|The way I see it, if you want the rainbow, you gotta put up with the rain. - Dolly Parton|
No. 99, 27 May 1991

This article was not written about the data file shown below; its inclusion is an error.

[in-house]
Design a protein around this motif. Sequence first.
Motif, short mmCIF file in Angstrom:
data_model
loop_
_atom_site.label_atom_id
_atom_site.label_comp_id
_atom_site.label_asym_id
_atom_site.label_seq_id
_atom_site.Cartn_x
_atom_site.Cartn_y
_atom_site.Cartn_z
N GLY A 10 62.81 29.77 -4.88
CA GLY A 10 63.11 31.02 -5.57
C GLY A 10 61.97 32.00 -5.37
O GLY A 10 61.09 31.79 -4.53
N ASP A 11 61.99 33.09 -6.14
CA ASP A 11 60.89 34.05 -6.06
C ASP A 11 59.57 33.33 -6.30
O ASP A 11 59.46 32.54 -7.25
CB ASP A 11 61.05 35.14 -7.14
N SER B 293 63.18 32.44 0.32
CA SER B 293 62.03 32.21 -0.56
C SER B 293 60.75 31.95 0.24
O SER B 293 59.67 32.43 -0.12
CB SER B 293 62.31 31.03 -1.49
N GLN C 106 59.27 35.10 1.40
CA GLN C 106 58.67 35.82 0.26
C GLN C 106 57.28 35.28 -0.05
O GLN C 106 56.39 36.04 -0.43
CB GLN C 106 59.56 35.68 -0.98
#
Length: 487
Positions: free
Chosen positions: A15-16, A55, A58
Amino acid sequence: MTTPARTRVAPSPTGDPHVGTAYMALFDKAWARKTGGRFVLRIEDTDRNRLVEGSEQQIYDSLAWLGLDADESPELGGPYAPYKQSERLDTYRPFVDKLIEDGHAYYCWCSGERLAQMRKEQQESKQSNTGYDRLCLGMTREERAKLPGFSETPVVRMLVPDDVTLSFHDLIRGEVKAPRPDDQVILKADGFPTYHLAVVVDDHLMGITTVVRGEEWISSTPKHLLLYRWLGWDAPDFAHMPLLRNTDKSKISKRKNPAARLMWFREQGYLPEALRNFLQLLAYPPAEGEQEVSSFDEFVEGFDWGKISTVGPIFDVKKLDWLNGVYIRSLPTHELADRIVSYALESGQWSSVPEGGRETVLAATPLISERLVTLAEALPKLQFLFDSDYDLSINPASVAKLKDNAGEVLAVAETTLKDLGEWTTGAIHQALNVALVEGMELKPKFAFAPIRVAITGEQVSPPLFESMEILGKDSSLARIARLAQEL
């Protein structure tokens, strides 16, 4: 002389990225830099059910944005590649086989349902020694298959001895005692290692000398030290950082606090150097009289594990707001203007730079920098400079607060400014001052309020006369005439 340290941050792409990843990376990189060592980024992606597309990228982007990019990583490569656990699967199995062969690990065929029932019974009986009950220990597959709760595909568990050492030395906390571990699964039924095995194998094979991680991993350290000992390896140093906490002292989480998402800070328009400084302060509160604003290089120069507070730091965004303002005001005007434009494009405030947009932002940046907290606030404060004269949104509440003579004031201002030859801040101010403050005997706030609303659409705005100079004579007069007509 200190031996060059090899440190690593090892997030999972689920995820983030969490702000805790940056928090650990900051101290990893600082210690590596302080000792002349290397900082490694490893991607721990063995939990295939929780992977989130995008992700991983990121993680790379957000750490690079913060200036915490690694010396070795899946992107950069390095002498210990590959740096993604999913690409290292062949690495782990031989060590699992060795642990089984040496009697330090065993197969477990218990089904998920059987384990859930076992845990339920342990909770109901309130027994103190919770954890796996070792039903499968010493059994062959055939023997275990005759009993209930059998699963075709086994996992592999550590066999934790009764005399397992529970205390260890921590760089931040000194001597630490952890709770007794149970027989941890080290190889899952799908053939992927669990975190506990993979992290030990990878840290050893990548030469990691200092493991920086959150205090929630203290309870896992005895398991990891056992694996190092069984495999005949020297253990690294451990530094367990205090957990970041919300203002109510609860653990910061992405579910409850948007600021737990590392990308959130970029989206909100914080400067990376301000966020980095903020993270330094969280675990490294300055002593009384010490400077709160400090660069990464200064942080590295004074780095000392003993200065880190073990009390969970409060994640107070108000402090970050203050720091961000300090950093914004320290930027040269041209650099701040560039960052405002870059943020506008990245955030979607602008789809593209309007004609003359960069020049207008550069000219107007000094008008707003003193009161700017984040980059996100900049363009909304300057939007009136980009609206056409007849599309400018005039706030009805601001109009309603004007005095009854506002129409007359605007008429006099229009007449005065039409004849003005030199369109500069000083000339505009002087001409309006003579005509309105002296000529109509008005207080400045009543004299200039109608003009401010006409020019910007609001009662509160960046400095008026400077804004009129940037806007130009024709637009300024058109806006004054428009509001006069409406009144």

BALTIC STATES FIVE MORE LITHUANIAN CUSTOMS POSTS BURNED. Radio Independent Lithuania reported May 25 that about 20 OMON troops from Latvia attacked and burned down five Lithuanian customs posts on the Latvian and Belorussian borders the previous night. The posts were at Kalviai in the Joniskis Raion, Salociai in the Pasvalys Raion, and Lavoriskes, Medininkai, and Sumskas in the Vilnius Raion. The same OMON troops carried out all the attacks, beating and robbing workers at the posts. Lithuanian parliament deputy Rasa Rastauskiene was visiting the Salociai post, which had been burned down the previous night during the attack, and her car was fired upon as she was leaving. All the customs posts have been reestablished. (Saulius Girnius) TWO MORE BORDER POSTS ATTACKED IN LATVIA? On May 24 TASS reported that earlier that day there was one more attack by OMON forces on a customs checkpoint in Latvia at the Latvian-Lithuanian border near Eleja. Unconfirmed reports to the RFE/RL Latvian service indicate that there was another attack on May 24 near Aluksne. Leningrad TV personality Aleksandr Nevzorov reportedly filmed the incident near Aluksne. (Dzintra Bungs) BALTIC LEADERS PROTEST BORDER POST ATTACKS. Following the recent OMON attacks on Baltic border posts Supreme Council chairmen--Arnold Ruutel of Estonia, Anatolijs Gorbunovs of Latvia, and Vytautas Landsbergis of Lithuania--appealed on May 25 to the international community "to resolutely protest the new acts of coercion perpetrated by the Soviet Union." They recalled the Soviet crackdowns in Vilnius and Riga in January and noted that these recent attacks are "a large-scale coordinated operation against all the Baltic States at one time." They said that "as long as attacks on people and facilities go on, it is impossible to take seriously assurances about the continuation of reform and the development of democracy in the Soviet Union," reported Radio Vilnius on May 26. (Dzintra Bungs) ESTONIA PROTESTS BORDER INCIDENTS. The Estonian Foreign Ministry on May 24 issued a formal protest over last week's harrassment and beatings of Estonia's economic border guards. The statement, sent to RFE/RL, decried "provocational demonstrations of force" and called on the West "to intercede on our behalf" in order "to halt interference by the Soviet military in our internal affairs and to prevent the repetition of bloodshed in the Baltic states." (Riina Kionka) SOVIET RESPONSE TO LITHUANIAN PROTESTS. The Soviet authorities have responded to the many Lithuanian protests by asserting that they did not order the attacks. Radio Moscow on May 25 quoted MVD Minister Boriss Pugo as saying that he had no evidence that the MVD was involved in the attacks and that the Lithuanian and Latvian protests were "provocations" trying to aggravate the situation. Lithuanian Deputy Prime Minister Zigmas Vaisvila telephoned Pugo on May 25 only to be told that the border posts were illegal. Pugo, however, has sent a team to investigate the attacks. On May 24 RSFSR Supreme Soviet Chairman Boris Yeltsin talked to Soviet President Mikhail Gorbachev about the raids, and Gorbachev told him that he did not know what was happening, but would instruct Pugo to find out, Western agencies reported May 25. (Saulius Girnius) VILNIUS POLICE DESERT TO OMON. On the night of May 23-24 eleven members of the Vilnius police, two of them officers, raided the Vilnius police ammunition warehouse and took away 40 automatic rifles, 11 pistols, 11,000 rounds of ammunition, and three jeeps, Radio Independent Lithuania reported on May 25. The stolen equipment was given to the Vilnius OMON. Telegrams demanding the return of the weapons and the cessation of OMON attacks on Lithuanian customs posts were sent on May 25 to USSR Prime Minister Valentin Pavlov and First Deputy Prime Minister Vitalii Doguzhiev by Vagnorius and to the USSR Foreign Affairs Ministry by Lithuanian Foreign Affairs Minister Algirdas Saudargas. (Saulius Girnius) LITHUANIAN-BELORUSSIAN PROTOCOL ON TWO DEATHS. The Lithuanian parliament bureau of information reported on May 25 that Lithuanian Deputy Prime Minister Zigmas Vaisvila and a representative of Belorussia has signed a joint protocol on May 24 dealing with the deaths of two persons on their borders on May 18 and 19. The protocol declared that the incidents were not "political conflicts" but "a tragedy resulting in two deaths." The procurators of the two republics recommended that the circumstances of the deaths should be investigated "thoroughly, carefully, and objectively." (Saulius Girnius) NEVZOROV SHOWS FILMED ATTACKS ON BALTIC BORDER POSTS. Western news agencies reported on May 25 and 26 that on the evening of May 24 Leningrad TV reporter Aleksandr Nevzorov showed footage of OMON forces roughing up Baltic border guards and setting fire to customs posts in Latvia and Lithuania. Nevzorov said that "soon all these checkpoints will be gone," and suggested that the Baltic States should give up their efforts to maintain the customs checkpoints at their borders. Since January Nevzorov has made several TV programs lauding the exploits of the OMON and denigrating Baltic efforts to regain independence. (Dzintra Bungs) LITHUANIAN-SOVIET MEETING IN MOSCOW. On May 24 Lithuanian Prime Minister Gediminas Vagnorius and Minister without Portfolio Aleksandras Abisala met in Moscow with Doguzhiev and Pugo. The meeting discussed the attacks on Lithuanian border posts and Pugo declared that the central authorities had not authorized the attacks that were taken "by local initiative." It was also decided that working groups on Lithuanian independence should meet next week and that an official meeting of the negotiating delegations should take place in the first half of June, the Lithuanian parliament bureau of information reported on May 25. (Saulius Girnius) LATVIAN CITIZENSHIP DISCUSSED. Ruta Saca-Marjasa, a Jewish activist and Latvian Supreme Council deputy, told Radio Riga on May 15 that though the deputies of the Ravnopravie faction oppose Latvia's independence, they are pushing for the adoption of a citizenship law. This paradoxical stand, she explained, stems from the anti-independence forces' wish to destabilize the situation in Latvia and undermine the authority of the government and legislature by encouraging public controversy. She said that debate of a citizenship law, however it is formulated, would at this time serve to divide rather than unite Latvia's multi-national population, since the pro-independence and anti-independence forces hold opposing views on key aspects of citizenship. (Dzintra Bungs) USSR - ALL-UNION TOPICS PROGRESS ON UNION TREATY. The preparatory committee set up to work on the Union treaty met for more than 8 hours in Novo-Ogarevo outside Moscow May 25, Soviet media reported. The session was attended by Gorbachev, Yeltsin, the heads of state of seven other republics willing in principle to sign the Union treaty (the Uzbek president was absent because of natural disasters in his republic), and the former autonomous republics. Both Gorbachev and Yeltsin expressed satisfaction with the progress made, and said that an agreed draft should be ready in June for submission to the republican Supreme Soviets. Both made plain that what was envisaged was a federation and not a confederation. Yeltsin noted, however, that there was still disagreement on issues such as taxation, control of local defense industries, and who owns Russia's oil and gas reserves. (Ann Sheehy) USSR: "UNION OF SOVIET SOVEREIGN REPUBLICS". According to Yeltsin, it was agreed in principle to retain the present initials of the USSR but to substitute the word "sovereign" for the word "socialist." This was the title that was originally proposed, but the USSR Congress of People's Deputies insisted on retaining the word "socialist." It was also agreed that the treaty document would be entitled "Union of Sovereign States." This was a change Yeltsin had been demanding, but it appears to be one of form rather than substance. (Ann Sheehy) HOW FORMER AUTONOMOUS REPUBLICS WILL SIGN TREATY. The representatives of all the republics attending the meeting except Tatarstan agreed that the former autonomous republics would sign the Union treaty as part of the RSFSR and in alphabetical order after the RSFSR had signed. Yeltsin said that he would have further consultations with Tatarstan. He was afraid that if Tatarstan signed separately, the others would not sign the treaty. (Ann Sheehy) INDEPENDENCE-SEEKING REPUBLICS SET UP COORDINATING BODY. Delegates of popular movements from six republics seeking independence from the USSR conferred May 25 and 26 in Kishinev, local sources told RFE/RL by telephone. Initiated by the Moldavian Popular Front, the meeting was attended by delegates of Lithuania's Sajudis movement, the Popular Fronts of Estonia and Latvia, the Georgian Round Table, and the Pan-Armenian National Movement. The specially empowered delegates signed the founding documents of a coordinating body, the "Assembly of Popular Fronts and Movements from Republics Not Joining the Union Treaty," also to be known as the "Kishinev Forum" for short. The Forum intends to hold monthly meetings, rotating among the six republics, to enhance their cooperation and to coordinate political actions. (Vladimir Socor) KISHINEV FORUM ISSUES FOUNDING DOCUMENT. According to its programmatic document, the Kishinev Forum is based on the principles of the UN Charter, the right of peoples to self-determination as defined in UN resolutions on decolonization, and international covenants on human, civic, and political rights. The Forum considers that the Kremlin's refusal to allow the six republics to leave the Union threatens world peace. The signatory movements agree on the need to coordinate steps for more effective resistance to Moscow's use of economic blockades and military repression against independence-seeking republics. "Normalization of the situation in the USSR and stability in the world are impossible without recognition and observance of the rights of the republics which have chosen to set up independent states," the founding document said. (Vladimir Socor) KISHINEV FORUM PROTESTS SOVIET MILITARY REPRESSION. In separate telegrams addressed to Gorbachev and to UN Secretary General Javier Perez de Cuellar, the Kishinev Forum protested the USSR's use of military force in the Baltic States and in Armenia and Nagorno-Karabakh and the fanning of inter-ethnic conflict in Georgia by the center. It demanded legal prosecution of those responsible for the use of violence against civilians and the withdrawal of Soviet troops from the six republics. The Kishinev Forum's documents were highlighted by Western agencies May 26 and 27 and were communicated by Moldavian sources to RFE/RL. (Vladimir Socor) MOISEEV ON ARMS CONTROL TALKS. General Mikhail Moiseev, who recently returned to Moscow after talks in Washington on clearing up remaining obstacles to CFE and START agreements, told Krasnaya zvezda of May 24 that the talks with American officials were "difficult, but useful." Still, a TASS summary the same day quoted Moiseev as charging that the US is dragging out the negotiations, and has even backed off from previously agreed positions. (Sallie Wise) NEW IMPETUS FOR POLITICAL SETTLEMENT IN AFGHANISTAN? There appears to be some diplomatic movement in the wake of Perez de Cuellar's appeal last week for political dialogue on Afghanistan. Riaz Mohammad Khan, a director general in Pakistan's foreign ministry, arrived in Moscow May 26 for talks with Soviet officials on a possible political settlement in Afghanistan, Western agencies reported that day. Khan, along with Secretary General for Foreign Affairs Akram Zaki, held consultations in Saudi Arabia and Iran last week before leaving for Moscow. Meanwhile, the US on May 25 called for all outside parties to the Afghan conflict to set an early date for stopping arms deliveries to Afghan combatants. (Sallie Wise) SOVIET BUDGET DEFICIT WORSENS. Official Soviet statistics published in Ekonomika i zhizn', No. 21 indicate that the gap between state incomes and expenditures continues to widen in the USSR. Planned income for the first quarter was about 55 billion rubles while only about 20 billion (36%) came in. This is in contrast to expenditures which are running at a rate of about 73% of plan (planned expenditures for the quarter were 61 billion rubles, while actual expenditures were about 47 billion). The total deficit of 27.1 billion rubles is 4.6 times the planned deficit for the quarter and 2.3 times the corresponding figure for 1990. (John Tedstrom) REPUBLICS WITHHOLDING FUNDS. The major reason for the shortfall in budget revenues is that republican and local budgets are 1) granting tax breaks on two major all-Union income sources: the profit tax and the sales tax and 2) falling short on the agreed amount of transfers to the all-Union budget to finance Union-wide programs. All-Union incomes from the profit and sales taxes totalled only 31% and 6% of plan for the quarter, respectively, and republican transfers to the all-Union budget total roughly 57%. (John Tedstrom) PRODUCTIVITY IN SOVIET AGRICULTURE DISMAL. The Soviet press has reported labor productivity statistics in agriculture by country, and the USSR comes out at the bottom of the list. Argumenty i fakty, No. 16 reports OECD figures that show agricultural labor productivity in the USSR at just 9% of the US level, and 20% of the overall OECD level. The calculations are based on purchasing-power parities and not on the official Soviet exchange rate. (John Tedstrom) PAVLOV'S WELTANSCHAUUNG. In an interview with Ogonek (no. 17), Prime Minister Valentin Pavlov discussed his government's long-term plans. He said he supports the agrarian reform launched by the RSFSR government and endorses destatization of state property. This does not, however, apply to private ownership of land, which he views as owned in common by all the people. Pavlov called for the spiritual revival of Russia "as the USSR is called in the West even today." He said the national revival might be inspired by what he called "Russian cosmism", i.e., a synthesis of religion, art, and science introduced by Russian philosophers such as Vladimir Vernadsky and Konstantin Tsiolkovsky. In many instances, Pavlov echoed the ideas of political scientist Sergei Kurginyan. (Victor Yasmann) USSR - IN THE REPUBLICS RSFSR CPD TURNS DOWN LAW ON CONSTITUTIONAL COURT. Yeltsin supporters in the RSFSR Congress of People's Deputies suffered a serious setback May 25 when conservatives voted down a proposed law on a republican Constititutional Court (Russian TV, May 25 and 26). The law would entitle the RSFSR President to dismiss local executives if the RSFSR Constitutional Court found them guilty of violating Russian Federation laws (thereby reining in many regional leaders in the Party nomenklatura who sabotage pro-market reforms.) The members of the CC are supposed to be nominated by the chairman of the RSFSR Supreme Soviet. The decision to postpone the law on the Constitutional Court until the next RSFSR CPD (to be held in June, following the election of the RSFSR President) means that its members will not be nominated by Yeltsin if he is elected President. (Julia Wishnevsky) KHASBULATOV ON UNION AND RSFSR FEDERAL TREATIES. RSFSR Supreme Soviet first deputy chairman Ruslan Khasbulatov reported to the Russian parliament on May 25 on work on the Union and RSFSR federal treaties, TASS and Russian TV reported. Khasbulatov noted progress on the Union treaty. As regards the federal treaty, he spoke of the dangers of the process of "confederalization" taking place in the Russian republic and warned that it could wreck the whole Union. In this connection he noted the seriousness of the situation with regard to Tatarstan, and called on deputies to decide questions of national-state structure from positions of "healthy conservatism." (Ann Sheehy) CONSERVATIVE GROUP CREATED IN RSFSR PARLIAMENT. A new conservative group has been set up in the RSFSR Supreme Soviet. Army Lieutenant-General Boris Tarasov, considered a hardliner, told independent Moscow journalist Mark Deich that the group will be similar to the conservative "Soyuz" faction in the USSR parliament. Deich told RFE/RL by telephone from Moscow on May 24 that the group is to be called "Otchizna" (Fatherland) and will concern itself with the questions of Russian sovereignty and integrity. The group has not yet been officially registered, but Deich said more than 150 members of the RSFSR parliament have already joined it. (RL Russian Service/NCA/Jean Riollot) RYZHKOV OPPOSED TO WESTERN CREDITS. Addressing a political rally in Smolensk, former Soviet Prime Minister and candidate for RSFSR president Nikolai Ryzhkov said that the USSR must find its own way out of its crisis and should not look to the West for credits, according to Western sources May 25. He also expressed his opposition to privatization of housing and abolition of state subsidies. He believes these measures will lead to massive unemployment and labor unrest. Ryzhkov wants RSFSR economic policy to be guided by professional economic managers and not by Western experts. (John Tedstrom) POPOV TO RUN AS MAYOR OF MOSCOW. Gavriil Popov has announced his intention of running for the post of mayor of Moscow, TASS announced on May 24. This is a new post, intended to be considerably more powerful than that of chairman of the Moscow city soviet, which Popov presently holds. Until last year, the chairman of the soviet was a figurehead, elected by the deputies to the soviet while real power was exercised by the local Communist Party. All that is now set to change on June 12 when the mayors of Moscow and Leningrad will, like the new president of the RSFSR, be elected for the first time by direct, popular ballot. (Elizabeth Teague) RSFSR TO ESTABLISH FREE TRADE ZONES. The RSFSR government has decided to designate Leningrad and Vyborg free trade zones, according to Radio Mayak, May 24. The zones will have lower tax rates and other benefits for joint ventures. Yeltsin made the decision after the RSFSR Congress of People's Deputies granted him broadened powers last month. Leningrad city soviet chairman Anatolii Sobchak hopes that ethnic Germans will move to the area to set up businesses, especially in agriculture. He hopes that cooperation with German businesses can develop via the trade zone arrangement and plans to establish a "German Business Center" in the second half of the year. Sobchak plans to establish an independent banking system in order to finance the new ventures, according to Frankfurter Allgemeine Zeitung, May 25. (NCA/John Tedstrom) GEORGIA ELECTS A PRESIDENT... Initial returns indicate that acting president Zviad Gamskahurdia polled between 70% and 90% of the vote in some Tbilisi constituencies in the May 26 Georgian Presidential elections. International observers say there was no evidence of malpractice at those very few polling stations in Tbilisi which they monitored; Gamsakhurdia's main rival, Valerian Advadze, predicted that the vote would be rigged, that Gamsakhurdia would initiate reprisals against himself and other rivals, and that Gamsakhurdia would face a rebellion within six months if he did not change his political course. There was no voting in the disputed oblast of South Ossetia or in Abkhazia, Western agencies reported May 27. (Liz Fuller) AND GOD HELP THOSE WHO SLANDER HIM. On May 22 the Georgian parliament approved a law prohibiting any criticism or slander that maligns "the honor and dignity" of the elected president. Individuals convicted face a six-year jail term; the media will have to pay a 25,000-ruble fine, TASS reports. (Liz Fuller) MORE DEATHS IN NAGORNO-KARABAKH. TASS reported May 24 that three people were killed in an exchange of fire between USSR security forces and armed gunmen when the latter attacked an Armenian village in Gadrut raion in the south of Nagorno- Karabakh the previous night. Western agencies May 26 reported that five Armenians were killed May 24 by Soviet troops in a clash in Azerbaijan's Shaumyan raion. (Liz Fuller) CONTROVERSY OVER UKRAINIAN CARDINAL. Ukrainian Greek Catholic Cardinal Myroslav Ivan Lubachivs'kyi was prevented from conducting a mass in Kiev's St. Andrew's church, Western news agencies reported May 26. Several hundred Russian Orthodox protesters blocked the entrance to the church, jeering the Ukrainian cardinal. Kiev city officials had given their approval for the church service. Later, the service was conducted in another church in the Ukrainian capital. (Roman Solchanyk) IAEA REPORT CHALLENGED. A study released May 22 by the International Atomic Energy Agency on the consequences of Chernobyl' has been contested by the Soviet mission to the United Nations and charitable organizations. The study maintains there is no evidence of widespread leukemia or thyroid illnesses related to the accident and concludes that long-term protective measures taken by the Soviets are more than adequate. The Soviet mission took issue with the IAEA assessment at a May 23 press conference in New York, while officials have reportedly protested to Margaret Anstee, coordinator of UN Chernobyl aid programs, that report compilers were given inaccurate information. (NCA/Kathy Mihalisko) PROTEST AT INTERNATIONAL CHERNOBYL CONFERENCE. Speaking May 23 at a Chernobyl conference in Vienna, scientists from Ukraine and Belorussia attacked the IAEA report as seriously flawed and overly optimistic. They said the IAEA had failed to study clean-up workers and evacuees, the groups most at risk, and raised many other objections to the report. The IAEA findings were defended by Leonid Il'in, chairman of the USSR commission on radiological safety and a primary opponent of groups studying the impact of Chernobyl. Scientists in Kiev and Minsk have roundly criticized the IAEA in past years for conducting its own self-interested coverup of the accident's consequences. (NCA/Kathy Mihalisko)